But when Jesus invites us to follow Him, He takes the option of non engagement off the table. If you’re going to follow me, Jesus warns, get ready to deny yourselves and take up your crosses not just once in a while, but every day. Go ahead and rest in the fact that your Savior has already run the perfect race, rest in the fact that He has already fought the perfect fight, rest in the fact that Jesus Christ has already paid your entire debt, He has already washed away every one of your sins, He has already won the victory, but do not rest as if the work of the Holy Spirit is done. Do not rest as if there is nothing left for the Church to do. Do not rest as if your race here on earth has been completed.
Lesson #1 today was that following Jesus is all about what He has already done for us and on our behalf in the past. Lesson #2 is that It’s about what Jesus (is doing). This very day, faith cometh by hearing and hearing by the Word of God. This very day, the Holy Spirit is the Lord and giver of life and is proceeding from the Father and the son. This very day, Jesus will be out and about in this world, working through the circumstances of life to get people’s attention. This very week, people outside the church will watching those of us on the inside to see if we are practicing the love we keep on preaching. They will either be attracted or repelled by our collective witness, but it’s hard to imagine that our witness could be neutral.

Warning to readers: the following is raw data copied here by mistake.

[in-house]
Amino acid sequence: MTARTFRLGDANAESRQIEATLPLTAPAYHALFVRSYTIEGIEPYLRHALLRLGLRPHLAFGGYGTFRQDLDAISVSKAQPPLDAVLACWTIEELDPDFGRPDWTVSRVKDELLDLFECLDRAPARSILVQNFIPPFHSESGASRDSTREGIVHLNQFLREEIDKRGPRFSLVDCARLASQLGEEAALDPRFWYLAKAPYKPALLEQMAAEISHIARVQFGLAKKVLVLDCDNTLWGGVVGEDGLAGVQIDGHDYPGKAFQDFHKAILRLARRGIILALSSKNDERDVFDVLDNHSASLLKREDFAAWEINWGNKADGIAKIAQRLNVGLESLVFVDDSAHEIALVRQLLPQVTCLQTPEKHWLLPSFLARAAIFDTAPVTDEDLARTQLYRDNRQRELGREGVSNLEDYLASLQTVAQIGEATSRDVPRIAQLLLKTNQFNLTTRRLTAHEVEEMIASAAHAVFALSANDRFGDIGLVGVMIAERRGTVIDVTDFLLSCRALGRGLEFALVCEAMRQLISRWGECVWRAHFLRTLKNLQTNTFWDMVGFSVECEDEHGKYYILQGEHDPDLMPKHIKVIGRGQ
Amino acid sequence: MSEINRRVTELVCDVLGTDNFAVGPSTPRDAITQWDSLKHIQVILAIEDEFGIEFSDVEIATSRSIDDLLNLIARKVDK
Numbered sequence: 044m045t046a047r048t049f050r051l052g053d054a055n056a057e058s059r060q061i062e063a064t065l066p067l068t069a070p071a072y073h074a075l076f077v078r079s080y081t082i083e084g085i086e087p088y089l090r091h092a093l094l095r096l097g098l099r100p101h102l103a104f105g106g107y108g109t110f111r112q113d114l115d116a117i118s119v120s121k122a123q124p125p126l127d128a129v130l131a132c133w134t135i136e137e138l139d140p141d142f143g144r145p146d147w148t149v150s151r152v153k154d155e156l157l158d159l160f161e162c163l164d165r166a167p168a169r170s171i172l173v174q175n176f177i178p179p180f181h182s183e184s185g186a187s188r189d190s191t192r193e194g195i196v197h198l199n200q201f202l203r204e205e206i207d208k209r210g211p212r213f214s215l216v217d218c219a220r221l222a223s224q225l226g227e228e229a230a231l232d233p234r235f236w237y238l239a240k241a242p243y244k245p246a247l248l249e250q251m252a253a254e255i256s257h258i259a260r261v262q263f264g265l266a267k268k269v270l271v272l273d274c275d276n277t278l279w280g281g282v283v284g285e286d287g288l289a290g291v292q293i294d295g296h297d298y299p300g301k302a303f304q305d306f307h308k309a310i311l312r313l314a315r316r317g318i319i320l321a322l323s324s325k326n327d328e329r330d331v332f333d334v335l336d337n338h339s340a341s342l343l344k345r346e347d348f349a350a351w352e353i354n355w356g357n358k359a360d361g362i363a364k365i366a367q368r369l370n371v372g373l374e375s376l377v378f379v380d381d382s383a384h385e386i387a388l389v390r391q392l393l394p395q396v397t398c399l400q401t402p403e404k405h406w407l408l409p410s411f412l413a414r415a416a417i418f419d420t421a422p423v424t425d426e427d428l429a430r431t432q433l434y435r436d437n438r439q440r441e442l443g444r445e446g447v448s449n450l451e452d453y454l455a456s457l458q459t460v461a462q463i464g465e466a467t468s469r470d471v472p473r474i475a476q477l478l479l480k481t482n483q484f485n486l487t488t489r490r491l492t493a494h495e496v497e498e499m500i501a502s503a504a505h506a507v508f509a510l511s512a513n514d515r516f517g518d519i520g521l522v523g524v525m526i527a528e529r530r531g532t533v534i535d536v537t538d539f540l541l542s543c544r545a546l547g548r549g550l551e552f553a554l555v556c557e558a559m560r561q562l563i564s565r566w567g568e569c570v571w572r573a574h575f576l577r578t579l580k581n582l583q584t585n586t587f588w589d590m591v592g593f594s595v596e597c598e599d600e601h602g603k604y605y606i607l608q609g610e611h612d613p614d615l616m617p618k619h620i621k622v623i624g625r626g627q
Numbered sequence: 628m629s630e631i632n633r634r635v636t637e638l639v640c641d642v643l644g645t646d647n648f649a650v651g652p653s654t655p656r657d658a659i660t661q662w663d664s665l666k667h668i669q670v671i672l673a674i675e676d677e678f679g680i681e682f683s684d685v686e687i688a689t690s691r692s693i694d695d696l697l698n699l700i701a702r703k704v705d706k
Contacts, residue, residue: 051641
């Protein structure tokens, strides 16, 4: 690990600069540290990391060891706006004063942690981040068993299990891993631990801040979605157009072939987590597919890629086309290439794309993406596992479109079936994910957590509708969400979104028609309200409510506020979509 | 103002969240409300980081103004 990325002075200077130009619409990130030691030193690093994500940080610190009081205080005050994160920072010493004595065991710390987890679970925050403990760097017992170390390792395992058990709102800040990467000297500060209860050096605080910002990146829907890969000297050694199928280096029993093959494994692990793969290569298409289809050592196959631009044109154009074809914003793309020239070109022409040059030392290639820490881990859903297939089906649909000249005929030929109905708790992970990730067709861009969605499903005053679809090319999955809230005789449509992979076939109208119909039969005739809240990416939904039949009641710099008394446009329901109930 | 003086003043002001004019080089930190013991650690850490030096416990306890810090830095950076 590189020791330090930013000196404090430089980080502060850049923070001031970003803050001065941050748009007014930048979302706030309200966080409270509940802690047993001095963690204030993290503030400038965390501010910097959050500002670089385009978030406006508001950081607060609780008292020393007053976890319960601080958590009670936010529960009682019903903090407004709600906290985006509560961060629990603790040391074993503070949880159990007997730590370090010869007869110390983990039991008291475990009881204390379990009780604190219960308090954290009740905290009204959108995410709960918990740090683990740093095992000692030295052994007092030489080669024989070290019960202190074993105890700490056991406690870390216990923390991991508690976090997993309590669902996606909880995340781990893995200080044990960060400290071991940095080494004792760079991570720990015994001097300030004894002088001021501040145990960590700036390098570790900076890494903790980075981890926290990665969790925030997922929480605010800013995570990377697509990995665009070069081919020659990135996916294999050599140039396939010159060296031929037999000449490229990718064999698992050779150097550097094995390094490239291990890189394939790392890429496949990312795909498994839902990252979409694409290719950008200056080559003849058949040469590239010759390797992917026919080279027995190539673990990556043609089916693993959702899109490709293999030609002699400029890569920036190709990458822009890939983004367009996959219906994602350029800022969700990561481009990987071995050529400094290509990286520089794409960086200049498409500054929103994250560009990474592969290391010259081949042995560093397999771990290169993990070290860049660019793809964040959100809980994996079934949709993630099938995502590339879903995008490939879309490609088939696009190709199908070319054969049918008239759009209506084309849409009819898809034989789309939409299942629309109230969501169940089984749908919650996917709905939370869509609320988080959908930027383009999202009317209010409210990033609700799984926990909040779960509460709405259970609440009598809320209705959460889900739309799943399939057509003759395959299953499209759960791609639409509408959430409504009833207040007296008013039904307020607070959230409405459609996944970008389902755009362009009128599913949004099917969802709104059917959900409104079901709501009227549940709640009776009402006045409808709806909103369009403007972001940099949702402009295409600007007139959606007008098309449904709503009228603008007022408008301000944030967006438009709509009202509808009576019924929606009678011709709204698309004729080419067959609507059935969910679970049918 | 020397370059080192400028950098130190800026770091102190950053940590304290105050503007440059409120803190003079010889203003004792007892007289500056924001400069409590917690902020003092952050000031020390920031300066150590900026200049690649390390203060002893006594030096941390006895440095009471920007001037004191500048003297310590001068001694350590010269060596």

Two truths we want to learn today about what Jesus can do for us and in us and through us as we spend our days refusing to retaliate, and as we pick up our own crosses and engage the enemy forces. First of all we know that the mission of the Church will be moving forward As often as the Spirit works inside of us a desire for (reconciliation). In our text for today, we have four examples of what this desire for reconciliation might look like…..1) turning the other cheek instead of slapping back, 2)giving your coat as well as the shirt off your back instead of taking them to court, 3)walking the second mile instead of only the required first mile, 4)giving to beggars choosing to beg and borrowers wanting to borrow.
In the days of Jesus, if you wanted to insult somebody, especially if you were right handed, as a majority of people are, you would take your right hand and back hand that person’s right cheek. Human nature tells us that if a neighbor insults us, we should insult him right back in order to teach him a lesson. Jesus teaches us to not give way to anger as a way of de-escalating the conflict.